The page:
We agreed that students are very comfortable writing in digital spaces, but this does not necessarily serve them well for formal tasks such as essay writing.  This conclusion goes against what many experts would suggest -- even based on our own experience, it would seem that the digital format would serve one better: it is easy to go back, fix errors, cut & paste from one section to another for a better flow, change one's mind about various parts including paragraph and so on.  But this is our adult sensibility, we are teachers who have spent years writing, first on paper and later with the "magic" of computers and word processors.  For some of our students, using a word processor is like accessing a heritage skill.  They are more finely attuned to the gestured inputs of digital devices, and are slower to type and less likely to take advantage of editing tools than the generation of students who used computers but did not have smartphones.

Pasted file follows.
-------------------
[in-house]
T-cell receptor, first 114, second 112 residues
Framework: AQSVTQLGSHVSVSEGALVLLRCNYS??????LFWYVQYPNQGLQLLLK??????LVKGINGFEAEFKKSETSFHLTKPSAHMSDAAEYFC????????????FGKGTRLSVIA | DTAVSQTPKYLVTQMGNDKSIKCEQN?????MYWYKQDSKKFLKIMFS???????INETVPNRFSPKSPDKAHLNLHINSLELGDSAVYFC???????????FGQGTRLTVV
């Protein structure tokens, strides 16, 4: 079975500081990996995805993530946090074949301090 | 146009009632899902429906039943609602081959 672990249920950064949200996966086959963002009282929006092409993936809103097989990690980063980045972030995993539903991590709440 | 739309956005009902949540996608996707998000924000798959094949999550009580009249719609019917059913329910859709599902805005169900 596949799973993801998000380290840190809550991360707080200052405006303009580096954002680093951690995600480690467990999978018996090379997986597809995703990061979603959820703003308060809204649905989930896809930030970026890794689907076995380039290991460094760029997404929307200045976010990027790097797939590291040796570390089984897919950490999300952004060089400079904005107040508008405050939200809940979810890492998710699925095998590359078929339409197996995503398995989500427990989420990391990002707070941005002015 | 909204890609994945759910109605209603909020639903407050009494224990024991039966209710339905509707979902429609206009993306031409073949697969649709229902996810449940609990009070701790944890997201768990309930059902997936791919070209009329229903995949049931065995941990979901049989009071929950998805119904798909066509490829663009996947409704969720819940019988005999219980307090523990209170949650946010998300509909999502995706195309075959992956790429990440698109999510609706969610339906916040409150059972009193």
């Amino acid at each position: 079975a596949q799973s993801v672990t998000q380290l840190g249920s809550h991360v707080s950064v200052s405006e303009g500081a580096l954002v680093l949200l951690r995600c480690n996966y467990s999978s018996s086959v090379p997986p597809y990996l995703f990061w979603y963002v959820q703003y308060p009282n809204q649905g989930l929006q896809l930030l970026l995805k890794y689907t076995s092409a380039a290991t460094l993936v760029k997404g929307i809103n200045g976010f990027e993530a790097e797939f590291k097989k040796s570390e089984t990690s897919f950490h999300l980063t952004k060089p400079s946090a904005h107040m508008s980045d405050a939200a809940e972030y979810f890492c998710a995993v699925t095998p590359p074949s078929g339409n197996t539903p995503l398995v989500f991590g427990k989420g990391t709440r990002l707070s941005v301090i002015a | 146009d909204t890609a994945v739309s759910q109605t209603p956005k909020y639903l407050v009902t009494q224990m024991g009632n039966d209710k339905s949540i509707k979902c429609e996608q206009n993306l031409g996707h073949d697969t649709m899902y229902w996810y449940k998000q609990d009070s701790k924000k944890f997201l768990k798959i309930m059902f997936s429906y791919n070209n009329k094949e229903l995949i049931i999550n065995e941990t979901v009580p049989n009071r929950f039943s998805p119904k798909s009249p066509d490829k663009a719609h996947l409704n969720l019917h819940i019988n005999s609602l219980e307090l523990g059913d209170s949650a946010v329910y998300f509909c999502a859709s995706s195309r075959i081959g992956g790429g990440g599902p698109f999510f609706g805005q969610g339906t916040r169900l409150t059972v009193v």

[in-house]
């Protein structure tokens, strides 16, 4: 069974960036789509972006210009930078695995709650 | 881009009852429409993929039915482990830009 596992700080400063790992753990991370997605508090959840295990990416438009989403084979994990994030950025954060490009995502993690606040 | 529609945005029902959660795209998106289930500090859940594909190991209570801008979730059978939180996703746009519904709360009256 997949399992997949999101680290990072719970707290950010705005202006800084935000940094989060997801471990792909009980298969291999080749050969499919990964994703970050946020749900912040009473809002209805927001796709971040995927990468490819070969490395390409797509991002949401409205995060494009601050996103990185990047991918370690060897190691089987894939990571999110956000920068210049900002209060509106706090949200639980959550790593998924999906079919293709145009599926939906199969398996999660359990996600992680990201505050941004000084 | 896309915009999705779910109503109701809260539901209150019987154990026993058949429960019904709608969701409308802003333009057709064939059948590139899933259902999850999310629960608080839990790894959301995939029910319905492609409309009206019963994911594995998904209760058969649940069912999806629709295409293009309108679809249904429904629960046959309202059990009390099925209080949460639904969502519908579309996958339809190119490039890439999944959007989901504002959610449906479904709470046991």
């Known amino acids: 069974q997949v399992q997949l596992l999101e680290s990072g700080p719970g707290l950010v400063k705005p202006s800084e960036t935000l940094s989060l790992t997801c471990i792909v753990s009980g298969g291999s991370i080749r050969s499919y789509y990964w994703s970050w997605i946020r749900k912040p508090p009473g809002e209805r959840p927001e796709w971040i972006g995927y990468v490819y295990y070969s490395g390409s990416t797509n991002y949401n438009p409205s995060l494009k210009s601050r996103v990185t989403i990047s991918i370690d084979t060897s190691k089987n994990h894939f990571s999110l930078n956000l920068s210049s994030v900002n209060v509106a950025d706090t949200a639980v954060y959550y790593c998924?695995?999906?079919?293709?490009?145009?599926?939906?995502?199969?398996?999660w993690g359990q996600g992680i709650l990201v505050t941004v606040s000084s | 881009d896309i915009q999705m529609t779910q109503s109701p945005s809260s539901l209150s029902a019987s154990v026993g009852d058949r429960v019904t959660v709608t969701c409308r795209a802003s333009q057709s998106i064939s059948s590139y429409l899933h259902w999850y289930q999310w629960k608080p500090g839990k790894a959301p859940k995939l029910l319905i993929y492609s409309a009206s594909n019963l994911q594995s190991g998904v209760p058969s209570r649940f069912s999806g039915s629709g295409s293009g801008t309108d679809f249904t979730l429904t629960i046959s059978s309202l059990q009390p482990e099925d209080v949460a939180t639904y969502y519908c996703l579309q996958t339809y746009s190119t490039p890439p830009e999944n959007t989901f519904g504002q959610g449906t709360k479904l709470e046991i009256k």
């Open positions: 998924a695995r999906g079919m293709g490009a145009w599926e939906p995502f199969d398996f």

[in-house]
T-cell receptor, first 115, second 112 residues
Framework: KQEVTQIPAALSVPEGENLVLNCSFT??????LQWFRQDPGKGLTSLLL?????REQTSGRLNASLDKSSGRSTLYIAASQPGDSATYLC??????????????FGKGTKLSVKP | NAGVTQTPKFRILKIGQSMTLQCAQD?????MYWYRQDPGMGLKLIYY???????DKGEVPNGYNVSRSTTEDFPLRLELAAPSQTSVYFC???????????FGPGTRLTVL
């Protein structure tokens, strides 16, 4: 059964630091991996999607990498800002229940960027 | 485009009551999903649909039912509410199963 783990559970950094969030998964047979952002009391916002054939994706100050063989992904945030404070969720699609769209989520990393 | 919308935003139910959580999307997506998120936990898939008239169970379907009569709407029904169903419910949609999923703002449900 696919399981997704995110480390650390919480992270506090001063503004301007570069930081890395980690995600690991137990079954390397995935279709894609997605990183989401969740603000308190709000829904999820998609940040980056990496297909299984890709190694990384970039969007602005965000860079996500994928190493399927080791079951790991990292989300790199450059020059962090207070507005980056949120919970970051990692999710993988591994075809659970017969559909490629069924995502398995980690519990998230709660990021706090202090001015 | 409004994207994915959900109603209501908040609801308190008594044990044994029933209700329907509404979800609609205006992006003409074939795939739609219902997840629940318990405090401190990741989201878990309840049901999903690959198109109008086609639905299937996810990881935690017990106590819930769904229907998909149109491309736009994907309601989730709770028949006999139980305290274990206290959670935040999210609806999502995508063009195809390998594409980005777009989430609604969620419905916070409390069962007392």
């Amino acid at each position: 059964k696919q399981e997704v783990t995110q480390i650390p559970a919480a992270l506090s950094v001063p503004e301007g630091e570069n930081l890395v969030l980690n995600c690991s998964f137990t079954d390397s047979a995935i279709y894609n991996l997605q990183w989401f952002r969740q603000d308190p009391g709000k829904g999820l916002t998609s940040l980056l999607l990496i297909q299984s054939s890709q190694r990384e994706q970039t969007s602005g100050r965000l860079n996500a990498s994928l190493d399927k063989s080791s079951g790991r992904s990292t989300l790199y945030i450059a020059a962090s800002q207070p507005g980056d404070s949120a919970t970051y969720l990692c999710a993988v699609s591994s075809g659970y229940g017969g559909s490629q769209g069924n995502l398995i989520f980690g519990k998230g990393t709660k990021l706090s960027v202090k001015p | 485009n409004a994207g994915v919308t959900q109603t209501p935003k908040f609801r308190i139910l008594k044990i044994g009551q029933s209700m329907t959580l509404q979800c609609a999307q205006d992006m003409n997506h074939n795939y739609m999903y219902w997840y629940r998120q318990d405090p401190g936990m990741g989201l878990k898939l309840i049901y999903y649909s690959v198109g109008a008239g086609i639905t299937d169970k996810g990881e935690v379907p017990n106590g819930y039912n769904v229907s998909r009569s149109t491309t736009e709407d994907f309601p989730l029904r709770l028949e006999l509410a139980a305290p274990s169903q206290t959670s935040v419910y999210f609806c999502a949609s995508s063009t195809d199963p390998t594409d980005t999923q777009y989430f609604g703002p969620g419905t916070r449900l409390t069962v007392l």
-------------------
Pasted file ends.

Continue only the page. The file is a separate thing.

We carried these observations forward to other schools in 2013 and resisted them after subsequent SS11 provincial exams; our conclusion were generally reinforced by what we heard from every school.  The school that used the online exam in our experiment in 2013 started giving students a choice about online vs paper, and they also put a renewed emphasis on writing skills in their Social Studies courses.  These particular provincial exams are no longer with us, but I thought this would be an interesting set of thoughts to consider as we anticipate a new round of standardized tests in BC -- the upcoming Grade 10 numeracy assessment and the Grade 10 and 12 literacy assessments.

Wednesday, November 28, 2018

Collaborating for Inclusion

This is a story about the integration of Outdoor Ed and Social Studies, but also a story about what inclusion looks like.

Ian Leitch is teacher in Prince George and a member of the Pacific Slope Consortium (as am I!). Over the last few years, we have been working on a project we've called TTSP -- you can read about that here.